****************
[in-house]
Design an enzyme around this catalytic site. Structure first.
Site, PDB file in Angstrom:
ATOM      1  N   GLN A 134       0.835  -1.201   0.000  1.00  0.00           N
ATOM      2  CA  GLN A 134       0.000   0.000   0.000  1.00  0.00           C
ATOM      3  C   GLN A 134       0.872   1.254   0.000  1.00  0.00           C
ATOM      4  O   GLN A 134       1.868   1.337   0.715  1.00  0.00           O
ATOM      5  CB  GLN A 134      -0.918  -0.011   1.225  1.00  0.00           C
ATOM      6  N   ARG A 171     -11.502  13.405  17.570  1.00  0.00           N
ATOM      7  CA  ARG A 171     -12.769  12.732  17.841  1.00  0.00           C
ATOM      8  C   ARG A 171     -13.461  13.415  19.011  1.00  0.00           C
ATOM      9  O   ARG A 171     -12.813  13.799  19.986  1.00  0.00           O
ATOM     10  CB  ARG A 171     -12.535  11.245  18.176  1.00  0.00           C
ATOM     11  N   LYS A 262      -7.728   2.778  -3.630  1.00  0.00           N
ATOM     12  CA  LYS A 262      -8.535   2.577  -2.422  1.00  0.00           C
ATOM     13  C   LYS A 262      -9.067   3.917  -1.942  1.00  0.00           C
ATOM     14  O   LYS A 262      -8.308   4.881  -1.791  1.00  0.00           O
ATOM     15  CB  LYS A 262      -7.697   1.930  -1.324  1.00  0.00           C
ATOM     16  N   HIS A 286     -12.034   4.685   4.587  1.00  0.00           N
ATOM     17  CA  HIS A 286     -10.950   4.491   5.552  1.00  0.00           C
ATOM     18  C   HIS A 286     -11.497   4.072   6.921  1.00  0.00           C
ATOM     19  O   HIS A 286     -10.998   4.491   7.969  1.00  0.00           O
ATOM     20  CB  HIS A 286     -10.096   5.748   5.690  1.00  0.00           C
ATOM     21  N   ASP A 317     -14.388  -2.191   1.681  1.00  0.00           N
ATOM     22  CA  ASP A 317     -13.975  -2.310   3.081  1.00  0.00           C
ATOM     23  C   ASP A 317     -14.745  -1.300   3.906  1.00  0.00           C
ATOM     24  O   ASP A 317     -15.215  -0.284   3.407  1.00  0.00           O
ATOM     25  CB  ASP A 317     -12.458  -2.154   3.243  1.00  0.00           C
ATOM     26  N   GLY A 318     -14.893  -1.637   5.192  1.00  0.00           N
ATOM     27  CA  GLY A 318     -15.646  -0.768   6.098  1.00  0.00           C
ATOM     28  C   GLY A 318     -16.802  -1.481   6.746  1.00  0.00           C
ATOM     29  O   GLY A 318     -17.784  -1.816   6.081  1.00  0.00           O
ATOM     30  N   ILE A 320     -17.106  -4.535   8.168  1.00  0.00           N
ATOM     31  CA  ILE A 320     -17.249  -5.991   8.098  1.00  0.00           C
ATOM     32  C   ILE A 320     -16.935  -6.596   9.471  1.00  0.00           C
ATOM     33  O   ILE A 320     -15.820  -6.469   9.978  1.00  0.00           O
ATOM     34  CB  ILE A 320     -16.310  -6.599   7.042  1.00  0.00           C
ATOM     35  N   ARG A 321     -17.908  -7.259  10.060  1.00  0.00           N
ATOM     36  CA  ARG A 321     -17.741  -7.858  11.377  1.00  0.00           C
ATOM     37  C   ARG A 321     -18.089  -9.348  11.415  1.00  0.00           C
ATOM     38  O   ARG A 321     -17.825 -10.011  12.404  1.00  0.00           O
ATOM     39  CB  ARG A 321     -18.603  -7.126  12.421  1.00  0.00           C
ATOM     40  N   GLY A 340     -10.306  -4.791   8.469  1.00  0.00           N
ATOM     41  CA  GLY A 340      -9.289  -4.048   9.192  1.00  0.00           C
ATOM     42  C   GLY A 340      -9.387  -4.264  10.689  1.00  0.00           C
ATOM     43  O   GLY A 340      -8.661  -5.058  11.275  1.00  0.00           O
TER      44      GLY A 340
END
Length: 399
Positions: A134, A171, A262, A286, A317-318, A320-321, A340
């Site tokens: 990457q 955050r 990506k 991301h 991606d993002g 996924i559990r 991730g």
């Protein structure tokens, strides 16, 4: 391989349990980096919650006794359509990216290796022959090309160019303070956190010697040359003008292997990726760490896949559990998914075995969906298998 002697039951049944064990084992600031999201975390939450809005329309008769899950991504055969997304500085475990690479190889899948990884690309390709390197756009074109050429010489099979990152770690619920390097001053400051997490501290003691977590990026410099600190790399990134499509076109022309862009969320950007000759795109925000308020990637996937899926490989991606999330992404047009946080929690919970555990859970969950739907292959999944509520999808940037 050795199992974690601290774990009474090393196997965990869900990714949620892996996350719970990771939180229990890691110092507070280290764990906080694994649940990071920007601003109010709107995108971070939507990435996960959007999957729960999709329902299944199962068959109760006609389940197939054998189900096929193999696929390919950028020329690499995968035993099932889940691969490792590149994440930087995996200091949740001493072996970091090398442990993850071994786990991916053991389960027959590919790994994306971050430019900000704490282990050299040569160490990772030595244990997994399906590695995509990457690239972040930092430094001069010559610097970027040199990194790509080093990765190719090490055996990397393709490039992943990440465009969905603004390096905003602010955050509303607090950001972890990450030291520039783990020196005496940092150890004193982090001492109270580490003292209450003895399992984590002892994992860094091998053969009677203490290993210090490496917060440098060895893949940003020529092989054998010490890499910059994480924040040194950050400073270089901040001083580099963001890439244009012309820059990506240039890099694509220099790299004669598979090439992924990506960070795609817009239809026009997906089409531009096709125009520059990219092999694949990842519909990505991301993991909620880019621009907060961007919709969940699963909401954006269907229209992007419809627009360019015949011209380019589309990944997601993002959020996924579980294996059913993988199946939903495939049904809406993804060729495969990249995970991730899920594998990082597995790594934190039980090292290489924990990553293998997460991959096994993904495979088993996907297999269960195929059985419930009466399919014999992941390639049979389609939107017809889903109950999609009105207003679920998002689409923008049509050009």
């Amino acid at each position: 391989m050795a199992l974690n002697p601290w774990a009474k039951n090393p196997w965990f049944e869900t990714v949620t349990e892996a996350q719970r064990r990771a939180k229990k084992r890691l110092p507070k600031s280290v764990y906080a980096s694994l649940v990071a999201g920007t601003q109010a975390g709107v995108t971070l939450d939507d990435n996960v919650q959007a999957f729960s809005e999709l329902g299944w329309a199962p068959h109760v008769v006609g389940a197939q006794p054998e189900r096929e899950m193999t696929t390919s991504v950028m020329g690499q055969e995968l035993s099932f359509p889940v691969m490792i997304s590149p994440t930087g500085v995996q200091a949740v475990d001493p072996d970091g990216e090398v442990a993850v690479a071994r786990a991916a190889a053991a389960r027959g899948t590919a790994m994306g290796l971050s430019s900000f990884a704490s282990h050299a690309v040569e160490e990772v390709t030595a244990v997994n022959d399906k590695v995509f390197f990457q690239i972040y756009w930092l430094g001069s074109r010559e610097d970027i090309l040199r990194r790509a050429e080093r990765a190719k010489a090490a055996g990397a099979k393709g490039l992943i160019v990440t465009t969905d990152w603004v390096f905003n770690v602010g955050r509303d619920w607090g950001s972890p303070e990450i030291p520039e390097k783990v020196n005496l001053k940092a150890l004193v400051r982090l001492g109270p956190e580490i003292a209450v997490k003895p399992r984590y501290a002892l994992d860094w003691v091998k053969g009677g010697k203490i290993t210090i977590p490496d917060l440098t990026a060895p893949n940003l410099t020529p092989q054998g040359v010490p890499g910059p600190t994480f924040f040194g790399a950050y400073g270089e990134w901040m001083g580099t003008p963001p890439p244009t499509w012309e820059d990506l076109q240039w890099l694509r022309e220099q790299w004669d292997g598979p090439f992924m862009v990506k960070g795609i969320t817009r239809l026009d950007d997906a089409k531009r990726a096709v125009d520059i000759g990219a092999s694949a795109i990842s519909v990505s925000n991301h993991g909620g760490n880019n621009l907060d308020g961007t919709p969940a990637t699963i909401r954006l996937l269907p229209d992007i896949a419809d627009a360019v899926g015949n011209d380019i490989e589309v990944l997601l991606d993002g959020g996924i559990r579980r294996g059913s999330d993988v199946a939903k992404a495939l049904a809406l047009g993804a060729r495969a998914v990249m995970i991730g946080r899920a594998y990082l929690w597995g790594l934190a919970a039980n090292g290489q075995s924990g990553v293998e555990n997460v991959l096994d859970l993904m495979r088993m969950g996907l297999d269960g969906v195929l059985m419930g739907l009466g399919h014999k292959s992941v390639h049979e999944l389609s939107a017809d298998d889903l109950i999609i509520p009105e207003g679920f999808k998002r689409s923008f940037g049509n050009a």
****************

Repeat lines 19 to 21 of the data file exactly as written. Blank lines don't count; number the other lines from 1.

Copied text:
ATOM     16  N   HIS A 286     -12.034   4.685   4.587  1.00  0.00           N
ATOM     17  CA  HIS A 286     -10.950   4.491   5.552  1.00  0.00           C
ATOM     18  C   HIS A 286     -11.497   4.072   6.921  1.00  0.00           C